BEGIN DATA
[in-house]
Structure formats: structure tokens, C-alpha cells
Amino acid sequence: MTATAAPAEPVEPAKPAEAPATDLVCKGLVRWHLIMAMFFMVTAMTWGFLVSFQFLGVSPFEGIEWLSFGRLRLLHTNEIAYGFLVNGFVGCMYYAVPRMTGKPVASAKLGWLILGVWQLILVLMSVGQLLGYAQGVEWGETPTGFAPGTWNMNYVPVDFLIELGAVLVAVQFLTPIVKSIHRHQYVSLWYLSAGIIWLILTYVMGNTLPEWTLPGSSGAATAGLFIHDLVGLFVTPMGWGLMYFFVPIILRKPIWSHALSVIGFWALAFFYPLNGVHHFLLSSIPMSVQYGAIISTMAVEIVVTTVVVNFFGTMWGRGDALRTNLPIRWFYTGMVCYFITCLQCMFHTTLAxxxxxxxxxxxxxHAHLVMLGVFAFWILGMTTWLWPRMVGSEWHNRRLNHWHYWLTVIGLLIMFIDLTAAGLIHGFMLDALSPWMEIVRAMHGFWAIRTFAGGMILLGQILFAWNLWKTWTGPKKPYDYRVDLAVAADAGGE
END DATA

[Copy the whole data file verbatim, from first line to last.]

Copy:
[in-house]
Structure formats: structure tokens, C-alpha cells
Amino acid sequence: MTATAAPAEPVEPAKPAEAPATDLVCKGLVRWHLIMAMFFMVTAMTWGFLVSFQFLGVSPFEGIEWLSFGRLRLLHTNEIAYGFLVNGFVGCMYYAVPRMTGKPVASAKLGWLILGVWQLILVLMSVGQLLGYAQGVEWGETPTGFAPGTWNMNYVPVDFLIELGAVLVAVQFLTPIVKSIHRHQYVSLWYLSAGIIWLILTYVMGNTLPEWTLPGSSGAATAGLFIHDLVGLFVTPMGWGLMYFFVPIILRKPIWSHALSVIGFWALAFFYPLNGVHHFLLSSIPMSVQYGAIISTMAVEIVVTTVVVNFFGTMWGRGDALRTNLPIRWFYTGMVCYFITCLQCMFHTTLAxxxxxxxxxxxxxHAHLVMLGVFAFWILGMTTWLWPRMVGSEWHNRRLNHWHYWLTVIGLLIMFIDLTAAGLIHGFMLDALSPWMEIVRAMHGFWAIRTFAGGMILLGQILFAWNLWKTWTGPKKPYDYRVDLAVAADAGGE